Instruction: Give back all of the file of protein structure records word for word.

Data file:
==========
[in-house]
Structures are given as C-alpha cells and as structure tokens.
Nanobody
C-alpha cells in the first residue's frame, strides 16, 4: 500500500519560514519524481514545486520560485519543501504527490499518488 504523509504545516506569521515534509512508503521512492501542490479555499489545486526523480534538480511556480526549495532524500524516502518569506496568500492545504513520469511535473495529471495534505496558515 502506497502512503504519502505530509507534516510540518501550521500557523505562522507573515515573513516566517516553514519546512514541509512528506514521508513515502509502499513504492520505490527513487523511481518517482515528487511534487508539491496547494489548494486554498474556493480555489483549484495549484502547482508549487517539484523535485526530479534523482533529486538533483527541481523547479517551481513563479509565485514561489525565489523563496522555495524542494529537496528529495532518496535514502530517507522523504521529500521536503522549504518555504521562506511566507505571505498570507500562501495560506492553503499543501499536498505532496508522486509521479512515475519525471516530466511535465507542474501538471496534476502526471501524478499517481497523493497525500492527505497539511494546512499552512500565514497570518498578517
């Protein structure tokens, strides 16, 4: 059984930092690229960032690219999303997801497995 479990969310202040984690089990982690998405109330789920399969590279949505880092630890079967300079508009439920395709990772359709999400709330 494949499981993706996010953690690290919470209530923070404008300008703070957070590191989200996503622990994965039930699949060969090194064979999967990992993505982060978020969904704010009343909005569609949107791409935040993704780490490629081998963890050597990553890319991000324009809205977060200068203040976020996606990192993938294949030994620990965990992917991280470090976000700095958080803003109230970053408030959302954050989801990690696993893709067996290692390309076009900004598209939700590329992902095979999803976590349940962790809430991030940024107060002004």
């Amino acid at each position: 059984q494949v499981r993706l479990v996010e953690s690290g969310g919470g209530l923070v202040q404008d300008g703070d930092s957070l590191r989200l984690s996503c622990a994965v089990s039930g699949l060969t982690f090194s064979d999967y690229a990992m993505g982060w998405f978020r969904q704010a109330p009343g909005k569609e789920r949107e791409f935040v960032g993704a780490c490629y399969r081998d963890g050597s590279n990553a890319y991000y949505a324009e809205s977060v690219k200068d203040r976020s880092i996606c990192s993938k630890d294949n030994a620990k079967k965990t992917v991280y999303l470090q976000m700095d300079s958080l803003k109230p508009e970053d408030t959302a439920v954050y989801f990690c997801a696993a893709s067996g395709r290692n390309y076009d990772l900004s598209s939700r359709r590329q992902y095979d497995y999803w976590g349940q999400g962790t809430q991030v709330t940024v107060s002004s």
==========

[in-house]
Structures are given as C-alpha cells and as structure tokens.
Nanobody
C-alpha cells in the first residue's frame, strides 16, 4: 500500500519560514519524481514545486520560485519543501504527490499518488 504523509504545516506569521515534509512508503521512492501542490479555499489545486526523480534538480511556480526549495532524500524516502518569506496568500492545504513520469511535473495529471495534505496558515 502506497502512503504519502505530509507534516510540518501550521500557523505562522507573515515573513516566517516553514519546512514541509512528506514521508513515502509502499513504492520505490527513487523511481518517482515528487511534487508539491496547494489548494486554498474556493480555489483549484495549484502547482508549487517539484523535485526530479534523482533529486538533483527541481523547479517551481513563479509565485514561489525565489523563496522555495524542494529537496528529495532518496535514502530517507522523504521529500521536503522549504518555504521562506511566507505571505498570507500562501495560506492553503499543501499536498505532496508522486509521479512515475519525471516530466511535465507542474501538471496534476502526471501524478499517481497523493497525500492527505497539511494546512499552512500565514497570518498578517
């Protein structure tokens, strides 16, 4: 059984930092690229960032690219999303997801497995 479990969310202040984690089990982690998405109330789920399969590279949505880092630890079967300079508009439920395709990772359709999400709330 494949499981993706996010953690690290919470209530923070404008300008703070957070590191989200996503622990994965039930699949060969090194064979999967990992993505982060978020969904704010009343909005569609949107791409935040993704780490490629081998963890050597990553890319991000324009809205977060200068203040976020996606990192993938294949030994620990965990992917991280470090976000700095958080803003109230970053408030959302954050989801990690696993893709067996290692390309076009900004598209939700590329992902095979999803976590349940962790809430991030940024107060002004």
């Amino acid at each position: 059984q494949v499981r993706l479990v996010e953690s690290g969310g919470g209530l923070v202040q404008d300008g703070d930092s957070l590191r989200l984690s996503c622990a994965v089990s039930g699949l060969t982690f090194s064979d999967y690229a990992m993505g982060w998405f978020r969904q704010a109330p009343g909005k569609e789920r949107e791409f935040v960032g993704a780490c490629y399969r081998d963890g050597s590279n990553a890319y991000y949505a324009e809205s977060v690219k200068d203040r976020s880092i996606c990192s993938k630890d294949n030994a620990k079967k965990t992917v991280y999303l470090q976000m700095d300079s958080l803003k109230p508009e970053d408030t959302a439920v954050y989801f990690c997801a696993a893709s067996g395709r290692n390309y076009d990772l900004s598209s939700r359709r590329q992902y095979d497995y999803w976590g349940q999400g962790t809430q991030v709330t940024v107060s002004s």